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I’m sure you read the title of this piece and rolled your eyes. “Change management? After the year we’ve had? Please don’t talk to me about managing any more change in my life!”

Coping with change is no easy task, especially when it is forced upon you. But what about when you intentionally seek out to make a change to your life, like when you chose to pursue your education? Shouldn’t that be easier? It can be, if you recognize that the decision to change (pursue your education) is just the first step. Once that decision is made, you will find change easier to embrace if you follow these tips…

Know your goal and clearly define it. Why did you go back to school? Was it to complete your degree for a promotion at work? Was it to get a teaching certification so that you could change careers to one you love? Whatever your goal, define it and work toward it.

Cindy Miller
Cindy Miller, director, Columbia College Region C2 and Kansas City

What about speed to degree? There is no rule that states you have to complete your degree at full speed. If you have other circumstances that limit your ability to take a full load of coursework, that is okay! You have to find the pace that works for you and your family. In fact, be flexible and adjust your journey when needed (speed up or slow down as your life changes).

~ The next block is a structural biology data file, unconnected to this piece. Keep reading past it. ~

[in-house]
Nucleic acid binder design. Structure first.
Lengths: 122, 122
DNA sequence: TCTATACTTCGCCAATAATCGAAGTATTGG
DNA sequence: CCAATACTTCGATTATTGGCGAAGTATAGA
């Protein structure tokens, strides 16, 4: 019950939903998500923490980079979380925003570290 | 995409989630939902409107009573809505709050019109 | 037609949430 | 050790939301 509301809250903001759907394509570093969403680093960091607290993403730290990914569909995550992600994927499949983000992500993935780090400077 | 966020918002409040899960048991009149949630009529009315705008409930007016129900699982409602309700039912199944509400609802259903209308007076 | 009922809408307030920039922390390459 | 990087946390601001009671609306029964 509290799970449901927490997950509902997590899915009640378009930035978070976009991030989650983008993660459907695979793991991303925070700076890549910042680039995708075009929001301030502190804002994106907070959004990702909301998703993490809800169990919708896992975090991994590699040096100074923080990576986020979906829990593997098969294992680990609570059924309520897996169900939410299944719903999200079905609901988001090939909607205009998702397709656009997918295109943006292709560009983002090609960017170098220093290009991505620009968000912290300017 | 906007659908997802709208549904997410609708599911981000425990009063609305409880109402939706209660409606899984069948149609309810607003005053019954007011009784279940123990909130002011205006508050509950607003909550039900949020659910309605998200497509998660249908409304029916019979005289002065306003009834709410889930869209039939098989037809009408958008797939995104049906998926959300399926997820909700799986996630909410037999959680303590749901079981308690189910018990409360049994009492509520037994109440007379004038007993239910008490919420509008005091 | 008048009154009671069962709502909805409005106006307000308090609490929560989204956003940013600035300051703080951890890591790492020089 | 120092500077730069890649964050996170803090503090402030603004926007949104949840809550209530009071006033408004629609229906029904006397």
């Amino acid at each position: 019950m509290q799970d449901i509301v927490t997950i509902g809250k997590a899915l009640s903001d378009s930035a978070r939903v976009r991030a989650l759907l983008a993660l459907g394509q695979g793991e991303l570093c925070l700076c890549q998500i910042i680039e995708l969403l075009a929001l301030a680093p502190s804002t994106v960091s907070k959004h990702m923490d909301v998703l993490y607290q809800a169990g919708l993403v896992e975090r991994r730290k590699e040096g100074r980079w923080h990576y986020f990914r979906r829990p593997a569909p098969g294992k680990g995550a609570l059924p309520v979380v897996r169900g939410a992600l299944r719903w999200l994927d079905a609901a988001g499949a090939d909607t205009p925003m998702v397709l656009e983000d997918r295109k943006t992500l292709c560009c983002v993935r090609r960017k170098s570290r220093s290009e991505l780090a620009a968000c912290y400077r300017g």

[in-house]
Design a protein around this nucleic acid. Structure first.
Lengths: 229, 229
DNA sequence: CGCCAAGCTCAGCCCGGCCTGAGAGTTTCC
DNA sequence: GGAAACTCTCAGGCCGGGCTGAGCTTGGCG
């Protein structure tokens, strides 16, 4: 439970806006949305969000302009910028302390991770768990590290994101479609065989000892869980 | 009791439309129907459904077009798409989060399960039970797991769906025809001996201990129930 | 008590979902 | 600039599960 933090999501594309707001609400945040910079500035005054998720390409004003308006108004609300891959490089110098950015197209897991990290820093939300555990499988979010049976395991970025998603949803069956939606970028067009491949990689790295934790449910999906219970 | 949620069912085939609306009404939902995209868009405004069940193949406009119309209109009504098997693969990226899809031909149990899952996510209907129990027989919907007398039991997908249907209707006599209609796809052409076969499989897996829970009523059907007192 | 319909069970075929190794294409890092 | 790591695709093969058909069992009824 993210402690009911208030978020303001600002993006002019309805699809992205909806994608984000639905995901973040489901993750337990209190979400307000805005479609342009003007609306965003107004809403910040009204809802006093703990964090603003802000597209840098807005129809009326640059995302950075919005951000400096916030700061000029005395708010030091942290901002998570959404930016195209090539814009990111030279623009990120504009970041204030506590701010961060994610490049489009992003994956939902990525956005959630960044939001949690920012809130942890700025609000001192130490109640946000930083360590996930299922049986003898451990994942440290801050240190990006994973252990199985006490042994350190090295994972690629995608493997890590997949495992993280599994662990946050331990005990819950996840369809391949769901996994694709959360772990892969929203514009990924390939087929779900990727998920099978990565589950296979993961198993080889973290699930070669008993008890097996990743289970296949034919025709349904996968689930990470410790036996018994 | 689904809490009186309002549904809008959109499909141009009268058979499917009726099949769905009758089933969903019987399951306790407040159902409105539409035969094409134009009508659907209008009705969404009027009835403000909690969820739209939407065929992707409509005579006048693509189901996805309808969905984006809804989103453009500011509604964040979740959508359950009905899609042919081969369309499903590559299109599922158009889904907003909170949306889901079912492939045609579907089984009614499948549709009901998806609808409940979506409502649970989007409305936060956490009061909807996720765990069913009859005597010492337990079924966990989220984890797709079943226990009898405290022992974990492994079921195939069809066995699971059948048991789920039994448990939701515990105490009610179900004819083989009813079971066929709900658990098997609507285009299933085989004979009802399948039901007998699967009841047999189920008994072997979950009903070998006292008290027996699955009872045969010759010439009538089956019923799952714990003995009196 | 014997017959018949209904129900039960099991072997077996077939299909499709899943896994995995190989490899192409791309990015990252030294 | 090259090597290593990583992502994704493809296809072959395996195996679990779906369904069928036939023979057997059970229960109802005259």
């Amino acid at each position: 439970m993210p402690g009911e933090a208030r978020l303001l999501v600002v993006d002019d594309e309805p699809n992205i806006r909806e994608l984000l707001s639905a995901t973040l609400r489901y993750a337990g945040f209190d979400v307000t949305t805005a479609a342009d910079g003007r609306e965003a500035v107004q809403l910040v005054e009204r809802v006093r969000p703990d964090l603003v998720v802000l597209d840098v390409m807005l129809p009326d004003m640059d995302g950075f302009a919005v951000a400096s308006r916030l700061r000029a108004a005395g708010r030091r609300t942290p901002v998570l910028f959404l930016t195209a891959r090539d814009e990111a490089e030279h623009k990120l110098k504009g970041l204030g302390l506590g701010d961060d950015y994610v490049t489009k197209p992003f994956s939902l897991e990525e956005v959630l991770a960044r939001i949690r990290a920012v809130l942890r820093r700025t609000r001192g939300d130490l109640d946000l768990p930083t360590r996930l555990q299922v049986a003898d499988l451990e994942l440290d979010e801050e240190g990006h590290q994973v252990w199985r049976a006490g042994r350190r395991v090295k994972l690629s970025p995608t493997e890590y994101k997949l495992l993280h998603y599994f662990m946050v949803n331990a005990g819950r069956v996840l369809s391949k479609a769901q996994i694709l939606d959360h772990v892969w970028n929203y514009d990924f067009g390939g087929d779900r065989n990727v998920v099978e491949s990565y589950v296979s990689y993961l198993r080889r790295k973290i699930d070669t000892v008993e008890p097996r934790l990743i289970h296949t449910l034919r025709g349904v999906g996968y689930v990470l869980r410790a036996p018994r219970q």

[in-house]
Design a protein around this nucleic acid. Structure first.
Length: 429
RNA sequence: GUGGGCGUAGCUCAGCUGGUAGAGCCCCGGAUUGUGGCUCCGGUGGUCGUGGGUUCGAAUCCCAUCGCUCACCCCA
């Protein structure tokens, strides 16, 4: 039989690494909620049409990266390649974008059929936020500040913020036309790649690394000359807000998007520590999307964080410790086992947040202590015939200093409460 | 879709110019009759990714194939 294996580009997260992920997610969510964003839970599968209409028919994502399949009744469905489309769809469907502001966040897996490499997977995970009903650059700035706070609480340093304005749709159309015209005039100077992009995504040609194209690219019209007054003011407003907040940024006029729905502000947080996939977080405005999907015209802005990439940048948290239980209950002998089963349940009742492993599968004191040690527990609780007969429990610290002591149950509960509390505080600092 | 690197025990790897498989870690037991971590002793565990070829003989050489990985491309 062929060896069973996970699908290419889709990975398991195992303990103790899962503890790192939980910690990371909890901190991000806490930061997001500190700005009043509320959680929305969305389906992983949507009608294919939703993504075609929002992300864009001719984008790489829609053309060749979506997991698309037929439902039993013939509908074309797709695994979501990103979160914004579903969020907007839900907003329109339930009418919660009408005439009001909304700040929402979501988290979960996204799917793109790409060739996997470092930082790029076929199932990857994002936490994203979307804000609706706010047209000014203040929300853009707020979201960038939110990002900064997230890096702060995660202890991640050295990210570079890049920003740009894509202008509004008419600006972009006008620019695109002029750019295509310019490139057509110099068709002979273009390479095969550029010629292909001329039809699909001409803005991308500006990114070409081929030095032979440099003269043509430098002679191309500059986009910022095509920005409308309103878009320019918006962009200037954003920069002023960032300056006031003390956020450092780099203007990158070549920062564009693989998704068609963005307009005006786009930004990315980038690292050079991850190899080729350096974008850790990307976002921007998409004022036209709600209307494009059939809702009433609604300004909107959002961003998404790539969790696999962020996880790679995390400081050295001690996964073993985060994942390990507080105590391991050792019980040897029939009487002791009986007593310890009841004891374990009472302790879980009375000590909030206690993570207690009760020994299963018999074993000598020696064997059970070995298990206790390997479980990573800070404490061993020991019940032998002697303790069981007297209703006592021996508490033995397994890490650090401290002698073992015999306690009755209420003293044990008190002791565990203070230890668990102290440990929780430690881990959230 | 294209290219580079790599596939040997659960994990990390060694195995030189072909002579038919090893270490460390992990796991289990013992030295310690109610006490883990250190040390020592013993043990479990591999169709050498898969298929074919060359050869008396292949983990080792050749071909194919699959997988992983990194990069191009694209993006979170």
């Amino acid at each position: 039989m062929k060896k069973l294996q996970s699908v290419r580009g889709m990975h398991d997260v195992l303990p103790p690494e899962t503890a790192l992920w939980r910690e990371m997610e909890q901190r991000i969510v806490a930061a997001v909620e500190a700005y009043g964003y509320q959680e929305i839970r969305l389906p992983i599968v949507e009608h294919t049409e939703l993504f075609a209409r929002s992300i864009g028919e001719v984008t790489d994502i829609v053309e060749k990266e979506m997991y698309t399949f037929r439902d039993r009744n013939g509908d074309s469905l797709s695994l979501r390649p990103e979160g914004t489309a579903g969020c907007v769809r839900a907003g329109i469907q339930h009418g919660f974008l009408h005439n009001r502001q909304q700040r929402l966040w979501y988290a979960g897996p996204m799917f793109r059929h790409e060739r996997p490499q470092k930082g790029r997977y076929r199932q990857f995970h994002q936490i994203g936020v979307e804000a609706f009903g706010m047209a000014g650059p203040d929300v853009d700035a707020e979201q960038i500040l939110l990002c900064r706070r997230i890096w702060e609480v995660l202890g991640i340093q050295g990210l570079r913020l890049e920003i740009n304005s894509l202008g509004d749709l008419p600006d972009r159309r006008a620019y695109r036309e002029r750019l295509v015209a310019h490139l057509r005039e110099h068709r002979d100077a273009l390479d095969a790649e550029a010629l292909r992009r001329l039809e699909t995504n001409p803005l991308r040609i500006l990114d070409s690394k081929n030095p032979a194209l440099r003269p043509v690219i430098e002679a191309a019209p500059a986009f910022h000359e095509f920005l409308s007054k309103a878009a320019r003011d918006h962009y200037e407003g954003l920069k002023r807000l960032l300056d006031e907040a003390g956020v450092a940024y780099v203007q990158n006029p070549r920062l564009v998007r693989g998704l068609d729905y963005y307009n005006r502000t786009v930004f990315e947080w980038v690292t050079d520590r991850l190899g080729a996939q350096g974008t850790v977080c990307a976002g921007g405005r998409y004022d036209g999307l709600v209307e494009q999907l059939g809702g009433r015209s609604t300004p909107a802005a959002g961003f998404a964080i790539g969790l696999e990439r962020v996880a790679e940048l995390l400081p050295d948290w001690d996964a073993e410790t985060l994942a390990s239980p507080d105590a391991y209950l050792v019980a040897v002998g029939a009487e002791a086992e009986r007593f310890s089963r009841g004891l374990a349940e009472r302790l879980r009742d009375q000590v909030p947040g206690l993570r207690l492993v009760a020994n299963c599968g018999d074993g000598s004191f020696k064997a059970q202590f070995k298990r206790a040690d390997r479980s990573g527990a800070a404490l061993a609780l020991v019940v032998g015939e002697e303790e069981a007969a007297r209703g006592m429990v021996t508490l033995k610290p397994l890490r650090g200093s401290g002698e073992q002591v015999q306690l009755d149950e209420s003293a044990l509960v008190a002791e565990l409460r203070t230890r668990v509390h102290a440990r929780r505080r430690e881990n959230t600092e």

That being said… you MUST sustain a sense of urgency. Your academic path will not get you to your goal if you take one class every year. Defining your estimated degree completion date is as important as defining your educational goal.

While the ultimate objective of getting your degree or certification is important, take time to pat yourself on the back for small victories. Did you pass your first exam? Celebrate! Did you login and complete your online homework on time this week? Celebrate! Did you finish your chapter reading before class? Celebrate!

Enlist cheerleaders in your life for inspiration and motivation to quell the naysayers who say you can’t achieve your goal because you are too old, too busy, or too poor. Prepare for external resistance by bolstering your “posse” of supporters. This also means to ask for help when you need it – ask your academic advisor, instructor, classmates for assistance when you are stumped. Ask your family and friends to step in with outside obligations if you feel overwhelmed.

Know that the journey will be uncomfortable at times – you will get frustrated, tired, and disillusioned, but powering through those rough times will make you stronger and more self-confident. Talk to our alumni – there isn’t one who will say they didn’t have at least one setback as they worked toward their degree. Persistence in the face of failure is what helped them succeed.

Change is hard. Change is messy. Change is scary. But we must continue to do it because we know it is often the best thing we can do to improve our lives. Stay the course.